What lasts much longer, in our bodies and in the environment, are the trace heavy metals that create the spectacular colours that leave us all ohing and ahing. Copper, cadmium, barium, aluminum and strontium can all be toxic, or carcinogenic, when concentrations exceed levels that are considered safe. The more often we release these chemicals into the environment to greater the chance that we’ll exceed safe levels.

When it comes to personal health, watching an annual fireworks display likely isn’t going to cause much harm, it’s when they’re used frequently that there is reason for concern. From an environmental perspective the popularity of backyard fireworks displays is something to worry about too, for all of the reasons I just listed.

Less harmful fireworks are being developed, some at the request of Walt Disney Company. Disney is responsible for hundreds of huge fireworks displays each year that were causing problems for park neighbours living downwind. A few years ago Disney created fireworks that use compressed air instead of perchlorates to ignite so burn cleaner than the traditional sort. Other new fireworks use fewer or less toxic chemicals, no heavy metals, and some have biodegradable casings. These alternatives are also more costly so unfortunately are not likely to appear in the fireworks cabinet at the dollar store.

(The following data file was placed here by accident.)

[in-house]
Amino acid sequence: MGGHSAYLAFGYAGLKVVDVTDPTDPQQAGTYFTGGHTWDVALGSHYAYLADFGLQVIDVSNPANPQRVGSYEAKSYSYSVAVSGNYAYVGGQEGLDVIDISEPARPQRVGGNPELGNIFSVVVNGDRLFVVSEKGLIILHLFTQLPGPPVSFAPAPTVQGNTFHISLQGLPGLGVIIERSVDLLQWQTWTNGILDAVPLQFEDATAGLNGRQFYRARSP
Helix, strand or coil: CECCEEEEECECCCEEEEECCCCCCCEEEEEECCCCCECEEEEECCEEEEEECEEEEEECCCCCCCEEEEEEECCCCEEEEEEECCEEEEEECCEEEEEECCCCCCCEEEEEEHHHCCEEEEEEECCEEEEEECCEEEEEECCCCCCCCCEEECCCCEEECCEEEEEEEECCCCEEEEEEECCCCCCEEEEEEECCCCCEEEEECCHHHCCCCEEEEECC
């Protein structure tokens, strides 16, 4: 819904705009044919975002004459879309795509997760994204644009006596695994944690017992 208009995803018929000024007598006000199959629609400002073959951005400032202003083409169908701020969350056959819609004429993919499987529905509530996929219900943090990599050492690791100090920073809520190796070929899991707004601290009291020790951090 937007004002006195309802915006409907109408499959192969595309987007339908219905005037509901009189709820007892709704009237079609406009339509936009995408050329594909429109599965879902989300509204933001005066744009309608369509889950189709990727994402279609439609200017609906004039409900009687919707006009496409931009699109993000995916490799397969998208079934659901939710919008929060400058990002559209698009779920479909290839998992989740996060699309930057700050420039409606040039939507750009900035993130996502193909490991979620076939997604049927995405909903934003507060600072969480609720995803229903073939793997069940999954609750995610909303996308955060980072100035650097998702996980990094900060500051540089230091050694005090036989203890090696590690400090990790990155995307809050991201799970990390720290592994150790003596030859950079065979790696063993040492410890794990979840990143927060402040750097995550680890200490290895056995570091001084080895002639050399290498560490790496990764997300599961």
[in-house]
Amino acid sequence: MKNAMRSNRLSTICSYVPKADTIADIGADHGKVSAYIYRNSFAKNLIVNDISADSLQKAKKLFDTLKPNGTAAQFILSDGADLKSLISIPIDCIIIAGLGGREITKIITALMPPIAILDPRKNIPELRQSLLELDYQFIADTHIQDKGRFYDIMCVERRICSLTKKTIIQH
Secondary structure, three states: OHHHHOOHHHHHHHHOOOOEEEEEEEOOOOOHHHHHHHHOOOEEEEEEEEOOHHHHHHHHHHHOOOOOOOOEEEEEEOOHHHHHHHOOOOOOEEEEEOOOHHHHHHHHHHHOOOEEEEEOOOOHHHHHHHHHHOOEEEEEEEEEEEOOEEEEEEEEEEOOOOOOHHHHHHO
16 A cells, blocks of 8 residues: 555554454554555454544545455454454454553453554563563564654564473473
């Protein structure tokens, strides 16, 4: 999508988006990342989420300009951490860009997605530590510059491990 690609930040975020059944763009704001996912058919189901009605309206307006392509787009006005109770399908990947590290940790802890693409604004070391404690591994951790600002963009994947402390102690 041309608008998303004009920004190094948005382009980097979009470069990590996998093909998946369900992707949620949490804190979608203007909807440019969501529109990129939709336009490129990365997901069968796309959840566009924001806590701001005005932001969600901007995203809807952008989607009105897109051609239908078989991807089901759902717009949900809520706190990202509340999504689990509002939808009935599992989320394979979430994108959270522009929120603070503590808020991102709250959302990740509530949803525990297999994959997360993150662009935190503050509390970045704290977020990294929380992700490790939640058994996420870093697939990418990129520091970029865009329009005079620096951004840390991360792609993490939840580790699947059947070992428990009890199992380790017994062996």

There is no such thing as eco-friendly or “green” fireworks so if you’re not willing to give them up altogether opt for fewer this year. We all know that a holiday weekend doesn’t need fireworks to be memorable.

Tuesday, July 12, 2011

Seasonal food on the "Dirty Dozen" list

My family is crazy about local berries, so much so that by the end of blueberry season more than half of our freezer space is filled with dozens of bags of strawberries, raspberries and a good 60 pounds of blueberries. We enjoy local berries all year long in smoothies, muffins and galettes.

The challenge with local berries is that it’s nearly impossible to find organic. Farmer Brown’s in Bloomfield has a strawberry and a small raspberry u-pick and at local markets you can often find a few boxes of berries that haven’t been sprayed. Bates U-pick on Belleisle Bay sprays their strawberry plants but they don’t spray once the fruit has started to form so the pesticide residue would be lower than conventionally grown strawberries where the fruit is sprayed for pests and fungus. Organic blueberries are scarce.

Since we go through so many berries we usually buy what we can organic, or at least not sprayed and then top up with conventionally grown berries.